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The Best of 2009: 'The Hurt Locker'

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The Hurt Locker


An intense and captivating film by now Oscar-winning director Kathryn Bigelow, and the Best Picture winner of 2009. It has been a long time since I have seen a film that gave me nightmares after watching it. That is not necessarily a bad thing. It means the film had provoked a certain reaction from me that obviously was psychologically disturbing. The film's premise works very well for a suspense formula. A bomb disposal unit has to go around Iraq to defuse anything that can kill Americans and fellow Iraqis. It is a shame that Hitchcock never made a film about an anti-explosive specialist because he probably would have had a ball making it. He especially would have liked Bigelow's creepy editorial cutaways to people watching the main characters from afar.

The story follows a rather crazed, adrenaline-hungry sergeant played by a similarly crazed Jeremy Renner who likes to do everything pretty much on his own, without the protective gloves. He wants things on his terms in spite of his practical second-in-command being of the same rank. That means that Hitchcock's "ticking time clock" formula also applies to the men as well. As a spectator, you do not know when things are going to start to get out of hand between the three of them (including their young specialist who believes he is going to die at any minute). Renner, for the most part, reminds me a lot of Sean Penn here. He is a kind of nutty, unhinged, confusing man you wouldn't want anywhere near you. The film also sports fascinating cameos from Ralph Fiennes, David Morse, and Guy Pearce. Since they are well known actors, the audience can almost find recognition to these acquaintances.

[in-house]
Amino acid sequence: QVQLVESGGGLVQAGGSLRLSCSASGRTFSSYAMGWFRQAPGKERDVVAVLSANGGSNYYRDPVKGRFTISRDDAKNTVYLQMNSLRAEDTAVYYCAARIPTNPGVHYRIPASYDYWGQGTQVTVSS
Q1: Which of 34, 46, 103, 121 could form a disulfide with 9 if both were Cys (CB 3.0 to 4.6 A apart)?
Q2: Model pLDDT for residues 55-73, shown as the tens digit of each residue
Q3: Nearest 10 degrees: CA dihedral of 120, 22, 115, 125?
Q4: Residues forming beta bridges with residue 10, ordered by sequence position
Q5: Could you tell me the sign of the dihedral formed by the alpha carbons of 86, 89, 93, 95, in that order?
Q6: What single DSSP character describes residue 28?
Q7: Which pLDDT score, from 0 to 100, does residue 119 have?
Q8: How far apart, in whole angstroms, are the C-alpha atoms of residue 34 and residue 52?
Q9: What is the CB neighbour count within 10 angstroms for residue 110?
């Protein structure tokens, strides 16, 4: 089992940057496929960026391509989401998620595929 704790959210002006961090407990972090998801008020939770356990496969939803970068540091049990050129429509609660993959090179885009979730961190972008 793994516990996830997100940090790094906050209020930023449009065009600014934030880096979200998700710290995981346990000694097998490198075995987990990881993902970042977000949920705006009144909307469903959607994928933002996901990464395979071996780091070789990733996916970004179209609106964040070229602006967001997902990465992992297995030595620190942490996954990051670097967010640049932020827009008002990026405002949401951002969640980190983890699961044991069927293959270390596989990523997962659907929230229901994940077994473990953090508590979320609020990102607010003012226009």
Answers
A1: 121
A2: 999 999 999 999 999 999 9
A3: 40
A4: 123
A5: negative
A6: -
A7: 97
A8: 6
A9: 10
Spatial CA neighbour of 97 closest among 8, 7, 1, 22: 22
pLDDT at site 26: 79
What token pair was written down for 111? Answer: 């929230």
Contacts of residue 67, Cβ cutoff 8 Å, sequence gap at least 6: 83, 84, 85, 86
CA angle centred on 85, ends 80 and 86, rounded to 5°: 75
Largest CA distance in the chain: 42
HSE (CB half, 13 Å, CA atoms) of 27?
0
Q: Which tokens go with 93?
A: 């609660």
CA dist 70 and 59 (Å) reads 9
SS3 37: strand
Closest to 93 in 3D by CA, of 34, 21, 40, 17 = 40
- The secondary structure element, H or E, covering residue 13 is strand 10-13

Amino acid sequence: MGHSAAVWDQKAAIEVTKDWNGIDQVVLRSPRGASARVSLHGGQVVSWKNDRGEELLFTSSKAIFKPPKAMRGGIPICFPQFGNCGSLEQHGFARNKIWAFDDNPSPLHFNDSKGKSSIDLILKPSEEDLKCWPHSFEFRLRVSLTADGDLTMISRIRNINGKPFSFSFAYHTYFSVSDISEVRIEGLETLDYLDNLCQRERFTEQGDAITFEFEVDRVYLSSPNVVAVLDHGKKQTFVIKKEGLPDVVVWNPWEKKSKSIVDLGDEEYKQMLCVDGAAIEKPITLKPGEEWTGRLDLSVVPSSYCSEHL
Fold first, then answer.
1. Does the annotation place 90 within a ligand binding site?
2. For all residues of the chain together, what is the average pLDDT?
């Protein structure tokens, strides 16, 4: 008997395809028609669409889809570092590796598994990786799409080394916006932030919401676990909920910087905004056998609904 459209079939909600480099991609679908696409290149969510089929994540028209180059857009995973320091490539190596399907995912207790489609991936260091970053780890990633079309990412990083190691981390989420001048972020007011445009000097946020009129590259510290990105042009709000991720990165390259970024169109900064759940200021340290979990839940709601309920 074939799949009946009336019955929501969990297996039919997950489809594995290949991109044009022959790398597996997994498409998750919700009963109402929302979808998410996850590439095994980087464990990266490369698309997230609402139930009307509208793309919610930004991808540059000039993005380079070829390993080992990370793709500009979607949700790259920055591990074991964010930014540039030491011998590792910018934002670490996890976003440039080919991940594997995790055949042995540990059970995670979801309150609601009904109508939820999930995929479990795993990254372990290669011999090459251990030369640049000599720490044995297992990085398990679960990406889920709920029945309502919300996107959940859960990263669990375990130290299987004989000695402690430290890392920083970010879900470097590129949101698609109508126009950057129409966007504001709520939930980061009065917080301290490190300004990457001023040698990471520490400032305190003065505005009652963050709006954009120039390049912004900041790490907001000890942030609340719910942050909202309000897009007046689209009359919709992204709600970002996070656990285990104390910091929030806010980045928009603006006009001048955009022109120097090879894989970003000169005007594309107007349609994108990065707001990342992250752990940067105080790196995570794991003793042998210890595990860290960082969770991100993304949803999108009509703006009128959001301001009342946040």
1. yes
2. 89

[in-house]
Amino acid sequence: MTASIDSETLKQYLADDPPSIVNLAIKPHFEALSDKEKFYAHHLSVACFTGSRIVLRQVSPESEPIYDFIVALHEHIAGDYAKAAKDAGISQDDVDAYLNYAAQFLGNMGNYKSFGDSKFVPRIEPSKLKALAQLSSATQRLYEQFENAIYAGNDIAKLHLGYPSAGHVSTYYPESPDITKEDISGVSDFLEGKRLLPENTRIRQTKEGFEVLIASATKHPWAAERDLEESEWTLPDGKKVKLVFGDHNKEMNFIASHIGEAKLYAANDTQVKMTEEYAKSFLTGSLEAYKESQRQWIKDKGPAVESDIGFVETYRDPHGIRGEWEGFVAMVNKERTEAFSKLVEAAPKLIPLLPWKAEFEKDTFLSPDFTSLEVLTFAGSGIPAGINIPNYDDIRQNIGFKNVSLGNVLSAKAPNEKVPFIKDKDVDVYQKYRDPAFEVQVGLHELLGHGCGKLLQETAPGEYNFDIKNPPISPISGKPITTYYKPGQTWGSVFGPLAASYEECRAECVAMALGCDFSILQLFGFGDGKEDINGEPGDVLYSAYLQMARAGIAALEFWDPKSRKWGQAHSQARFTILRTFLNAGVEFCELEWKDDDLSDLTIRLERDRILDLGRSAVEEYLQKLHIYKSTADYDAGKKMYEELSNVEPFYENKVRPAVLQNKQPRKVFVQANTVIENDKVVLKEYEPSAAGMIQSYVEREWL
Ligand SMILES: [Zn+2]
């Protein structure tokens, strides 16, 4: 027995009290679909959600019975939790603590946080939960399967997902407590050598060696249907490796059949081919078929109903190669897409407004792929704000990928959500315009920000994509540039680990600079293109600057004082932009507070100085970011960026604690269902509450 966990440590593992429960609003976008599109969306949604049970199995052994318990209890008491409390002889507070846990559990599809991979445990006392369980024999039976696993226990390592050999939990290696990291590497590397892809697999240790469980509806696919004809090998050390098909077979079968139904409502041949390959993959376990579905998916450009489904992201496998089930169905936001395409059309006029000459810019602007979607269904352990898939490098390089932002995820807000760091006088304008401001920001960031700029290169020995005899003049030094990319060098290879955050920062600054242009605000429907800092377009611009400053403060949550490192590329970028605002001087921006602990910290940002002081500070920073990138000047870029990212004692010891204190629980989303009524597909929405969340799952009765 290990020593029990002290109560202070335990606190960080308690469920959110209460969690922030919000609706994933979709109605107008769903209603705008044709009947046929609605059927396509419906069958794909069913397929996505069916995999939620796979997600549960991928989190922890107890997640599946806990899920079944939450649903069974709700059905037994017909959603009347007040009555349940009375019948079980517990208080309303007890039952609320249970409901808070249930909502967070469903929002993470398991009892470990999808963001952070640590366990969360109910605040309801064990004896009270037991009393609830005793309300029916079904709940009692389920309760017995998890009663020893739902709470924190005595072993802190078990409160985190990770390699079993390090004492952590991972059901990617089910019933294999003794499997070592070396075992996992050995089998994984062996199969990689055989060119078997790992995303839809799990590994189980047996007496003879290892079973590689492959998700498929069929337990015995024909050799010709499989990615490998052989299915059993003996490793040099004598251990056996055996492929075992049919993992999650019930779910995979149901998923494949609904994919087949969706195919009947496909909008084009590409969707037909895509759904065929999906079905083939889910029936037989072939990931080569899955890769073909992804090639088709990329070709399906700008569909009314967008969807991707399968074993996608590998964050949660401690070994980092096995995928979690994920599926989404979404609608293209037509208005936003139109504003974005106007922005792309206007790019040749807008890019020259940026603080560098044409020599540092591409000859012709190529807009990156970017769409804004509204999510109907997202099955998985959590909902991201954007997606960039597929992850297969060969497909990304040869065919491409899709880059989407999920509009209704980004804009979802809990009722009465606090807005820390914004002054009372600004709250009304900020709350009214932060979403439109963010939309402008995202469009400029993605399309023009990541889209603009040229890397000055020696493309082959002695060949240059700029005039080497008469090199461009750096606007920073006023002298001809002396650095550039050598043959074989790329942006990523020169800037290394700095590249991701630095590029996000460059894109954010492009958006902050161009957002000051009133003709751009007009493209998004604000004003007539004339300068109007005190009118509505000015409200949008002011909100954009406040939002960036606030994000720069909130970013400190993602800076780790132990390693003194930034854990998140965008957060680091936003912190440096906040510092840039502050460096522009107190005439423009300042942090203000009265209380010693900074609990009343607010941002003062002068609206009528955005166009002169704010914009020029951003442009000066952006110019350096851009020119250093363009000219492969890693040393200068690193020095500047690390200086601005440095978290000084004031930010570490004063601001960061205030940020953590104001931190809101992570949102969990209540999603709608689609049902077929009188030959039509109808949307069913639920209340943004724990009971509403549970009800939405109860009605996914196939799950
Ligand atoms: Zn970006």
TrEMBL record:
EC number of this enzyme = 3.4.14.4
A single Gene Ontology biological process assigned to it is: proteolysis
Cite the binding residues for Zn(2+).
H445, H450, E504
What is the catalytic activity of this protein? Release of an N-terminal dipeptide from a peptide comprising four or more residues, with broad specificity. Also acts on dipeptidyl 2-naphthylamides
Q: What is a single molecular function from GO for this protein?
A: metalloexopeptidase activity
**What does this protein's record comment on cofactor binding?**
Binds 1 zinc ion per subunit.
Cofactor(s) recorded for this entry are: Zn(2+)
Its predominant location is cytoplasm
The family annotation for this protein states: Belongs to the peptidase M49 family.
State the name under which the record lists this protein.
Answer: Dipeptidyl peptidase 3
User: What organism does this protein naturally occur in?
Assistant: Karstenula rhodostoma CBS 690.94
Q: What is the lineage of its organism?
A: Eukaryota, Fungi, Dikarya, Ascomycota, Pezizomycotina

By comparison, our heroes are strangers, and we almost feel more comfortable staying with the comfortably familiar faces. Renner's character also has an interesting sensitive side that motivates his need to do things away from the others. When he THINKS a young Iraqi boy has become a victim to someone in the area, he leaves the base, like Fiennes' secret agent, to get retribution. But what kind of retribution is he looking for and why is he a consistent antithesis to everything the training tells him? Paranoia is total awareness...? Kathryn Bigelow fills the screen with haunting visuals and intense high-speed photography; creating some of the most seething slow-motion I have seen. Like Taking Chance, this film takes a neutral approach to war, once again proving it is the only approach to war without alienating your audience with politics. War is alienating enough.